So. The listening has started. What would you like to see at SAPPHIRE '09? And how do you want to consume this information moving forward? 



Saturday, February 7, 2009

What you blog is who you are (WYBIWYA)? Identity Crisis Looming?

I still remember when Desktop Publishing swept away "typesetting" studios like a technology tsunami in the 80's. "What you see is what you get" became the marketing battlecry of a new generation of technology evangelists, touting Mac's and 300 dpi Laserprinters as if they had invented the anti-gravity belt and the cure to the common cold.

20++ years have passed, and now we are very deep in a new publishing tsunami, that has put several million people in the global content creation business. Not that everthing that's facebooked or tweeted has great value, but it certainly creates a digital footprint that presents both opportunity and risk. Opportunity since 1:1 online marketing will be able to shift into a completely new level of accuracy in the next 10 years, and consumers will enjoy the benefits of "target" marketing that evolves beyond hyperannoying spam into "permission selling". Maybe. Hopefully.

Risk, because the majority of people really have no idea how much of their personal details they are willingly, and maybe overly naively exposing to "identity bandits" in the waste lands of online crime.

I don't want to make this more dramatic than necessary, but I see details on the Web that I don't even know about people whose homes I visit on regular basis, and who I have known for decades. Why don't we just post our social security numbers, bank accounts, mother's maiden names including our password list in to the cloud and be done with it?

Ok. Sarcasm aside. There is, like I said, a real opportunity. What you blog is who you are, and I will continue to be out there in the blogosphere. I will also continue to try to educate and warn about the Über-exposure to private details this opportunity presents.

Enterprise Software vendors are called upon to both offer their expertise in this space, and to rapidly learn about the new challenges of an emergent digital identity footprint that is vastly different than what we have learned from enterprise software in the past 5 decades. Companies like SAP, IBM and others have for many decades successfully dealt with securing the identities and assets of millons users ... but this is a new world out there ... and new ideas are urgently necessary.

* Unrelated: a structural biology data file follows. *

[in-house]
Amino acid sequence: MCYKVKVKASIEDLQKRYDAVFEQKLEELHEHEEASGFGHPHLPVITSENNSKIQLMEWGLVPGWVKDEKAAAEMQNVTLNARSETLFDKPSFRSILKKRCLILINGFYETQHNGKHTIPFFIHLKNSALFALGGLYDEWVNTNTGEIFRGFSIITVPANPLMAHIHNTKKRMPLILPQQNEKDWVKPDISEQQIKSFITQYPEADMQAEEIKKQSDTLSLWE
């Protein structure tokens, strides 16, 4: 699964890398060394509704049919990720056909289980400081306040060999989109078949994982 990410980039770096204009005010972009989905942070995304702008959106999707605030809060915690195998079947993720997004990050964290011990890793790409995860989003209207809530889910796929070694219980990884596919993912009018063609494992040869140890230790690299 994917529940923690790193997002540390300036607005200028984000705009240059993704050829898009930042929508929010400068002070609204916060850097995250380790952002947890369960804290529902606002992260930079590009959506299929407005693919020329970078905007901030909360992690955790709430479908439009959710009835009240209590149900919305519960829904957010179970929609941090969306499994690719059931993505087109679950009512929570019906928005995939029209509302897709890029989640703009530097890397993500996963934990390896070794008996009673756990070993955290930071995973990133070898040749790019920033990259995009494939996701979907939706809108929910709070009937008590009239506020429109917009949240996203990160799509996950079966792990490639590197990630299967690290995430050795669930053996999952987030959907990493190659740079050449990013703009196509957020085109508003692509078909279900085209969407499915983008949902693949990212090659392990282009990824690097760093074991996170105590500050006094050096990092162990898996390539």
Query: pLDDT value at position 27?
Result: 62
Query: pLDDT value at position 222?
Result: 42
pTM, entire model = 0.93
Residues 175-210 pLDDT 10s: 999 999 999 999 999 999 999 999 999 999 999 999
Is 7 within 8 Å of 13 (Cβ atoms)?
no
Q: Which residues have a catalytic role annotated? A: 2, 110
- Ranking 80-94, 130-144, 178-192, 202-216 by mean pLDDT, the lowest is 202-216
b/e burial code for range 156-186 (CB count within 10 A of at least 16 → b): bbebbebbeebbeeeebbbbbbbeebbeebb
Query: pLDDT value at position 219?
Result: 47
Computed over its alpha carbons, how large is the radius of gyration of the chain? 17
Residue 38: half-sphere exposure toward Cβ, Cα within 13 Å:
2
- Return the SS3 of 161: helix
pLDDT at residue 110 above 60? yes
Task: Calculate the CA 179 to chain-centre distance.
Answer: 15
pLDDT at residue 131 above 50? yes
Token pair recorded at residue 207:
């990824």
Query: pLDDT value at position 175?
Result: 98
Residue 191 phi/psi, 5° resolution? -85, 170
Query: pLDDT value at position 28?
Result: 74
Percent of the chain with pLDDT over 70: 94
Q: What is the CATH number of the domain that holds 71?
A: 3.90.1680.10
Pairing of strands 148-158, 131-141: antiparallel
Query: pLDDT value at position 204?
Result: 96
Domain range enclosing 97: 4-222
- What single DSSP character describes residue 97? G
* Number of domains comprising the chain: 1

I look forward to hearing your views and ideas about identity management in this new frontier

Thursday, February 5, 2009

The dawn of social software --- maybe -- hopefully

Last year I finally dipped a toe into the the Social Media ocean and got pulled in very quickly and deeply. And I am not alone, more and more people I know are finally overcoming their resistance and are establishing a rudimentary presence on twitter &  facebook and are even beginning to blog.

I believe we are seeing the end of the "early adopter" phase of Social Media, and are now ready to enter the "bowling alley". (Forgive me for applying the Geoffrey Moore "crossing the chasm" methodology to this area.)

Seeing that more than 30,000 people were watching the SAP Business Suite 7 Launch on Twitter, makes me think the Marketing and Public Relations Industry might be one of the bowling pin segments for turning the corner from the experimental stage of Social Media to the more commercial phase. In addition, the cost cutting and travel restrictions of the current economic lull might lead to enough "pain" and therefore critical mass to herald the dawn of what I would dub "social software".

I would define social software as a mashup between the social media tools that are emerging by the truckload every day (just think of the tool-cloud around twitter as an example) and the "established applications" that still dominate the work place. 

The worlds of collaboration and process management are begging to be brought together. Most people I know are still bogged down with fighting the email hydra one mail at a time, realizing that, the more they deal with their mail box, the more they are getting overwhelmed by it. Communication and collaboration does not happen one mail at a time. Also, most fellow occupants of dilbert-space I know are still working in a very "waterfall" oriented process, taking weeks or months to crank out a deliverable, only to find out it has become obsolete during the production process, because they did not engage early enough with the target community to get feedback.

Granted. The tools are there. The Instant messengers. The Twitters. The Facebooks. The Nings. But there is still a great divide between the "professional" software world, and what you do in your "private" software environment. And until there is a robust offering that brings both worlds together, corporate IT will still watch this space with a great deal of resistance. 

Social Software could fix that. Social Software would mash up your "personal network applications" with your office applications. With the right context, persistence and security, and great integration with relevant back office processes and applications like your customer relationship software. 

Today, the gap between office software and community software is still miles wide. Social software would be very welcome by many, especially the early adopters, but I have yet to see someone emerge with a clear vision on how to bring these two worlds together. Maybe SAP with its Duet and Alloy products, mashing up the worlds of MS-Office or Lotus Notes with end to end business processes is an important first step. 

Maybe the next step would be for facebook and SAP to collaborate to create "bizbook?", and take the social media revolution to the next level?

Your thoughts?